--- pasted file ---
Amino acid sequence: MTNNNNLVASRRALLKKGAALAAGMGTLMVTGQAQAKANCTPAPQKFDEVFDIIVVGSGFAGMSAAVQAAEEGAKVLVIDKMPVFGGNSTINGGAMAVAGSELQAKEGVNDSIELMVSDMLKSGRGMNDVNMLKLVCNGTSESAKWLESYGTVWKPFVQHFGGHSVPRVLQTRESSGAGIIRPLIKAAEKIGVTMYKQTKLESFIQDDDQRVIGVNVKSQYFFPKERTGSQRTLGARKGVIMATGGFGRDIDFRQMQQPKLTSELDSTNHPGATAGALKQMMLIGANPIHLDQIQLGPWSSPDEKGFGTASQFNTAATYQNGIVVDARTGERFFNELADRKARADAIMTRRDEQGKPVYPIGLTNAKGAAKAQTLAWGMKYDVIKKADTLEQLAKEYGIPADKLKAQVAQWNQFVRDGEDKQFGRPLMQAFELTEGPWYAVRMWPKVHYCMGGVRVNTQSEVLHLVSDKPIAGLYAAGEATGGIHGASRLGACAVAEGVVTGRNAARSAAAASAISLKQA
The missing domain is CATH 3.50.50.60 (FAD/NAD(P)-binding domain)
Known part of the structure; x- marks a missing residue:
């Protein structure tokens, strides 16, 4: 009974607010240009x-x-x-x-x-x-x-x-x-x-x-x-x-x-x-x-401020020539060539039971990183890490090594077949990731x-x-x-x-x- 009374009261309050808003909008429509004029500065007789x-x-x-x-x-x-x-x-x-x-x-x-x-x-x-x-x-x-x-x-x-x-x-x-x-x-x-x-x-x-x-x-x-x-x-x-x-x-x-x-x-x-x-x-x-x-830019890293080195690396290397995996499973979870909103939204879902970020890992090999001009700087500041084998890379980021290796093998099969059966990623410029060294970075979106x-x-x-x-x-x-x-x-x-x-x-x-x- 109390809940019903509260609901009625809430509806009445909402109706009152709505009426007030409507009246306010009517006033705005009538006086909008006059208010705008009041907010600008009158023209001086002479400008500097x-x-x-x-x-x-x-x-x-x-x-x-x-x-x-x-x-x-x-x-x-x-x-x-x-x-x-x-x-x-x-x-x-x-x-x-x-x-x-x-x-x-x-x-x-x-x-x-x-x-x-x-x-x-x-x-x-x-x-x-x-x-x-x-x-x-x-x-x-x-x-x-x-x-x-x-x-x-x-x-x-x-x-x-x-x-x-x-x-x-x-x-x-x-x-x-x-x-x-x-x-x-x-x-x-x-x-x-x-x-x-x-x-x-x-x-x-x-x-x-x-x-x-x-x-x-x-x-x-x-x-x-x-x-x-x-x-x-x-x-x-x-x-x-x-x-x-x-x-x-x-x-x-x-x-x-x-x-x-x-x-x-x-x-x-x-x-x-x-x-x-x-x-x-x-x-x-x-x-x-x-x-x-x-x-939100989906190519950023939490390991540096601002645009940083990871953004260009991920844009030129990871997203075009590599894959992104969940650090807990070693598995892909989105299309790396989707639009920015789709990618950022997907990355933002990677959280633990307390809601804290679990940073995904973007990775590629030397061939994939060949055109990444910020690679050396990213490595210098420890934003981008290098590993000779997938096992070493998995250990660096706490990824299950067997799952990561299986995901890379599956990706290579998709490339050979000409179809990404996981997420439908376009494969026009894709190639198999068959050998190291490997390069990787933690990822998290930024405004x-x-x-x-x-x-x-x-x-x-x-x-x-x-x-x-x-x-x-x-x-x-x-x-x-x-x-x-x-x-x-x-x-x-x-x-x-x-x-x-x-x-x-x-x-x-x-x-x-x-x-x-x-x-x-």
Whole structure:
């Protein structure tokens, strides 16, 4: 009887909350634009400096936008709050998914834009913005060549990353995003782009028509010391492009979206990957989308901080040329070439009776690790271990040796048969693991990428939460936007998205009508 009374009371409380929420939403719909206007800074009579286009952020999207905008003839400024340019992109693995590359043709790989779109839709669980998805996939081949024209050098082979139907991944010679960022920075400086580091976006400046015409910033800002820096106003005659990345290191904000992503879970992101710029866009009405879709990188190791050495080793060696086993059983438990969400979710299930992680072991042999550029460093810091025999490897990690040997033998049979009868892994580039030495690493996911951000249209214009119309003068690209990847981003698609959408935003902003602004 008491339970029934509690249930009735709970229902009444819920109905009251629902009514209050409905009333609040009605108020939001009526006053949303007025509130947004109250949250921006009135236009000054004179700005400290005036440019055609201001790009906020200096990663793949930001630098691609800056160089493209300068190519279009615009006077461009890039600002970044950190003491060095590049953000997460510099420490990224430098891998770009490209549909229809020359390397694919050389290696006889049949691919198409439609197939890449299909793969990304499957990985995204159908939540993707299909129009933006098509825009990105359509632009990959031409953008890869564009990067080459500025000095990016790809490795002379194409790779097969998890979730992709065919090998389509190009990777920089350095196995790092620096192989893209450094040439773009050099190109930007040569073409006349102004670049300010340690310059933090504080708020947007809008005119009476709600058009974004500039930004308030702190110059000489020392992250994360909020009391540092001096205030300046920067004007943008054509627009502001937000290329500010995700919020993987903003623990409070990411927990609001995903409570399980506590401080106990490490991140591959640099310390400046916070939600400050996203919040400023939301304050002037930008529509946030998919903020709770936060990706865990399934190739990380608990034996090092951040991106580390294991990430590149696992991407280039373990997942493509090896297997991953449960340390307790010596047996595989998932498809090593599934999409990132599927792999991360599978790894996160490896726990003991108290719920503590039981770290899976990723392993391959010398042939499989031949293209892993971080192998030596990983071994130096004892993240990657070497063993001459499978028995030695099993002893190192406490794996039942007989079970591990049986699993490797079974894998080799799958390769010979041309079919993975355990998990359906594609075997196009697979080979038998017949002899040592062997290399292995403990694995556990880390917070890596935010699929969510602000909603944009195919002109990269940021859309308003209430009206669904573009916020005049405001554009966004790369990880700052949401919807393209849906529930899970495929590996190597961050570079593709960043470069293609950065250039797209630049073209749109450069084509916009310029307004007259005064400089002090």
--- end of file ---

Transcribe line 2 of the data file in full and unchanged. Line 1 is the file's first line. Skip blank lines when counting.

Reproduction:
The missing domain is CATH 3.50.50.60 (FAD/NAD(P)-binding domain)